UNESCO has kept all 1,532 project proposals, which will constitute a “pool” of action projects and made available online, for partners and the public to consult, in case of interest.
In addition, we invite you to visit, consult and disseminate:
– The dedicated webpage with the 15 action projects that receive the 8th UNESCO Youth Forum label : http://www.unesco.org/new/en/youth-forum-2013/participate/youth-led-projects/15-youth-led-action-projects/
– The press release on the results of the Forum: http://www.unesco.org/new/en/media-services/single-view/news/8th_unesco_youth_forum_let_the_worlds_youth_speak_out/back/9597/
– The webpage with the 45 shortlisted projects: http://www.unesco.org/new/en/youth-forum-2013/participate/youth-led-projects/short-list-of-45-action-projects/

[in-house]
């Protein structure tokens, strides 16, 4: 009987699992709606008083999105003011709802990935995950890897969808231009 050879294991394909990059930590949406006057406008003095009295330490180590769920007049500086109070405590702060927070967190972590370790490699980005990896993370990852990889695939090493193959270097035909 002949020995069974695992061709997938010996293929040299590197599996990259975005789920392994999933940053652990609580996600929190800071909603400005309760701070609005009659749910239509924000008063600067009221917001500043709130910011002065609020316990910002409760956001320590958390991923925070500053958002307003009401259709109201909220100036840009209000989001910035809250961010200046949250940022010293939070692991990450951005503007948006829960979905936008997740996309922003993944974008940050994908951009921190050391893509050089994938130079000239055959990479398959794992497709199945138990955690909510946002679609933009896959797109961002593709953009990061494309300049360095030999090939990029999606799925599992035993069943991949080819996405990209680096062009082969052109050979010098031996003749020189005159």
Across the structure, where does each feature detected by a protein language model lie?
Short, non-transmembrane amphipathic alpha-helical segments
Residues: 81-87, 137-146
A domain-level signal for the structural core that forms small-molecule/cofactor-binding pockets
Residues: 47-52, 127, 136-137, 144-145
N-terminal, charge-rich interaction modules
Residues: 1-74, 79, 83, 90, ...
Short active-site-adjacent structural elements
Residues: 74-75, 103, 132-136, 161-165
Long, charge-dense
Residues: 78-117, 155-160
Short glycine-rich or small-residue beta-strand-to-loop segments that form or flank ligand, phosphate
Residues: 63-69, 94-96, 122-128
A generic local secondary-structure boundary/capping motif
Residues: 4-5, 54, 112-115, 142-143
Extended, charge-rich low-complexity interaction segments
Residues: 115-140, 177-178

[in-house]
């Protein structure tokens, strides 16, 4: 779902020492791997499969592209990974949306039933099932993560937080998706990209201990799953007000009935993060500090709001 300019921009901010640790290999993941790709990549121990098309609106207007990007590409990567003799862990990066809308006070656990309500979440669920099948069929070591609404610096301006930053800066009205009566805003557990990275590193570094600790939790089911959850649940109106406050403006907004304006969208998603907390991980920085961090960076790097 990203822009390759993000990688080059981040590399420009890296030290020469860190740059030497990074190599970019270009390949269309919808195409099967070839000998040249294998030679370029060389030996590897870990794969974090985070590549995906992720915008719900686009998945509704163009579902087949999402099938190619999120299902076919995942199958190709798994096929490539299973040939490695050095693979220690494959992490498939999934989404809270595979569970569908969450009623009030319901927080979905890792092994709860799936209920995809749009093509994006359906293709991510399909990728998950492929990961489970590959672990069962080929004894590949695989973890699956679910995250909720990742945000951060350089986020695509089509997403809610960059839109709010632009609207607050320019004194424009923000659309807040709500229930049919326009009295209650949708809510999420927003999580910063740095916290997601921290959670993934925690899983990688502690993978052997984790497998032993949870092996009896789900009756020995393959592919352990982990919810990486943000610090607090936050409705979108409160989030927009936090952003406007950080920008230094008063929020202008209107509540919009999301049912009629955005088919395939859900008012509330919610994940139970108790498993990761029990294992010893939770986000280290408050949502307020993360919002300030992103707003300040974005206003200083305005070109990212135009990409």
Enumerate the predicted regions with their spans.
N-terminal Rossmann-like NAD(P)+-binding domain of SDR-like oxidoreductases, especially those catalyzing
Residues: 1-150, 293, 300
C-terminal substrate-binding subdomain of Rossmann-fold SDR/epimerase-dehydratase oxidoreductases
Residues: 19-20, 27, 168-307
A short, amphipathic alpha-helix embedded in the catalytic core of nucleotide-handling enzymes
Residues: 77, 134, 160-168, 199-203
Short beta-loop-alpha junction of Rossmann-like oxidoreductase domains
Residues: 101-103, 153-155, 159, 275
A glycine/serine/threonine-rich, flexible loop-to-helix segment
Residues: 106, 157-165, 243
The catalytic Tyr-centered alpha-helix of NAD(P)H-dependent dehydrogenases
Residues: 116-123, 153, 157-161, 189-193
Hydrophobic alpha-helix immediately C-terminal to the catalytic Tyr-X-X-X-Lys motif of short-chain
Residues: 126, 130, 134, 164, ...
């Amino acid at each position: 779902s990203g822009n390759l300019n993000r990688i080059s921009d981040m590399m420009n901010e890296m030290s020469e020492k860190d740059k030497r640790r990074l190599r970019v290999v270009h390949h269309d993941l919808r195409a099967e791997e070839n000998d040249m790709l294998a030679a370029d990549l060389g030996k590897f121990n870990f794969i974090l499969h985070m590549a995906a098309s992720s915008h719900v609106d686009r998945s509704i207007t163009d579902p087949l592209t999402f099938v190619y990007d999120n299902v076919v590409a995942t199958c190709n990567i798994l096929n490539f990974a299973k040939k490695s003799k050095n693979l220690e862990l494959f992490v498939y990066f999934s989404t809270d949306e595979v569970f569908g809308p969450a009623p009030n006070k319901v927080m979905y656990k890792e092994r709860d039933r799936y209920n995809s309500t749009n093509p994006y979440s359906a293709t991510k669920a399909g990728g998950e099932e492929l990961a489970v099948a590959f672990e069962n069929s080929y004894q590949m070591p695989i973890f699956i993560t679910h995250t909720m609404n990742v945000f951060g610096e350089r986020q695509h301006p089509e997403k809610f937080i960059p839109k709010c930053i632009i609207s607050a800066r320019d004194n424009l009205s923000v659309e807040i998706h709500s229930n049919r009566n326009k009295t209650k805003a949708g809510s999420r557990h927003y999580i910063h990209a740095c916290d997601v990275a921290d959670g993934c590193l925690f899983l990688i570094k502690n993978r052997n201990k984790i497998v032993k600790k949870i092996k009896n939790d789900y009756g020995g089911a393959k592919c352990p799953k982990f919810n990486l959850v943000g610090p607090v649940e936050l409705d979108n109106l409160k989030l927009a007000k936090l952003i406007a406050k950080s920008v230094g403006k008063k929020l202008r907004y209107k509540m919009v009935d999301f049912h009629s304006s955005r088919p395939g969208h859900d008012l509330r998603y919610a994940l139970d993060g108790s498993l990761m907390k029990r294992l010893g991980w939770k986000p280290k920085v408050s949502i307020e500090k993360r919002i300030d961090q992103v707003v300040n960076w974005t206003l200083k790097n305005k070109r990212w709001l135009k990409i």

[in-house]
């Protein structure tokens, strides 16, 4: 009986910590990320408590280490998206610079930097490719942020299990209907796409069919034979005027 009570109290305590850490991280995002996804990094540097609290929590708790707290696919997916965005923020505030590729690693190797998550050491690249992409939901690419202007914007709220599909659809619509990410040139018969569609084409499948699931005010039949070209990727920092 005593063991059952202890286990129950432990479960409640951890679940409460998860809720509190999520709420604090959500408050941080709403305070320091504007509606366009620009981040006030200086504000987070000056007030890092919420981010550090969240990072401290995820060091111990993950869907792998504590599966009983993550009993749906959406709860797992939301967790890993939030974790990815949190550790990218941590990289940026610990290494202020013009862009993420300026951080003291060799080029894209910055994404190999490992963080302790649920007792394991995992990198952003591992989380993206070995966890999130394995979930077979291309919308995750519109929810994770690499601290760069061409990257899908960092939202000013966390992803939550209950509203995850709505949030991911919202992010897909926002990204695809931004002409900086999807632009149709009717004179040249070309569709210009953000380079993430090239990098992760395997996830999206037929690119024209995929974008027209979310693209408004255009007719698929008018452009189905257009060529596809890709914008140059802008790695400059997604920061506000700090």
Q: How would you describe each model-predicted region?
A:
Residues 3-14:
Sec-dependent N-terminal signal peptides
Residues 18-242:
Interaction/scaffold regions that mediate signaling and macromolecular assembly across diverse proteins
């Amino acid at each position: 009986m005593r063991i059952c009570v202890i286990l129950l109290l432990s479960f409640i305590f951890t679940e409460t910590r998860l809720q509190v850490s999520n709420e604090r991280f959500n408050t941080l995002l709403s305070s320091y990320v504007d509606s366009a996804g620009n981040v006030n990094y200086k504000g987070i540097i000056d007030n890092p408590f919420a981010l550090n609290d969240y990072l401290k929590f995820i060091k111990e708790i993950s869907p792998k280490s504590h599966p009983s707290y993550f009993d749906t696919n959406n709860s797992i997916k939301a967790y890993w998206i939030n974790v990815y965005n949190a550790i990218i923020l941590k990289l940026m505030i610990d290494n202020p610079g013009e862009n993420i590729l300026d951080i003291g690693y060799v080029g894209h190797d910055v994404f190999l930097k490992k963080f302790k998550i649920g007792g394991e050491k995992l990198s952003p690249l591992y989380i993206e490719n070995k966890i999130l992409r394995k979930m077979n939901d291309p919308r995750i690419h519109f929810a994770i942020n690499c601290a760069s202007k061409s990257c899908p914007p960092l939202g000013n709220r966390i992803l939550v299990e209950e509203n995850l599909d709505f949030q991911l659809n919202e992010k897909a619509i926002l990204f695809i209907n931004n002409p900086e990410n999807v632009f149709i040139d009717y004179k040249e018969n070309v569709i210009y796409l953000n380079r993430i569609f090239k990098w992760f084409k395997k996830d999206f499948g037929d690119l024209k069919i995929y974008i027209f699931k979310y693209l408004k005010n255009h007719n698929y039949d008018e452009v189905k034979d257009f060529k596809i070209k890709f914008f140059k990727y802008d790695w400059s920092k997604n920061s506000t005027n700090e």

The Outcome Document of the Forum is submitted to the 37th session of UNESCO’s General Conference (5-20 November 2013) as a main series documents, available in all six official languages of UNESCO. Until the 16th of November, five youth delegates (who are in Paris during the General Conference) will be presenting the Forum’s conclusions in the five different programmatic commissions of the General Conference.
Some of the specific youth and cultural rights activities that we are engaging in through this program are:
Mini Arts Festivals – funded by The Christensen Fund
Listen to Further Arts Artistic Director Marcel Meltherorong talking about this project here.
Reconnecting with traditional music in Vanuatu
Tatem Rop Wetem Manples – funded by the Pacific Development and Conservation Trust
Songs and Stories of Biodiversity – funded by Critical Ecosystem Partnership Fund
This project is supported by Ethos Global Foundation.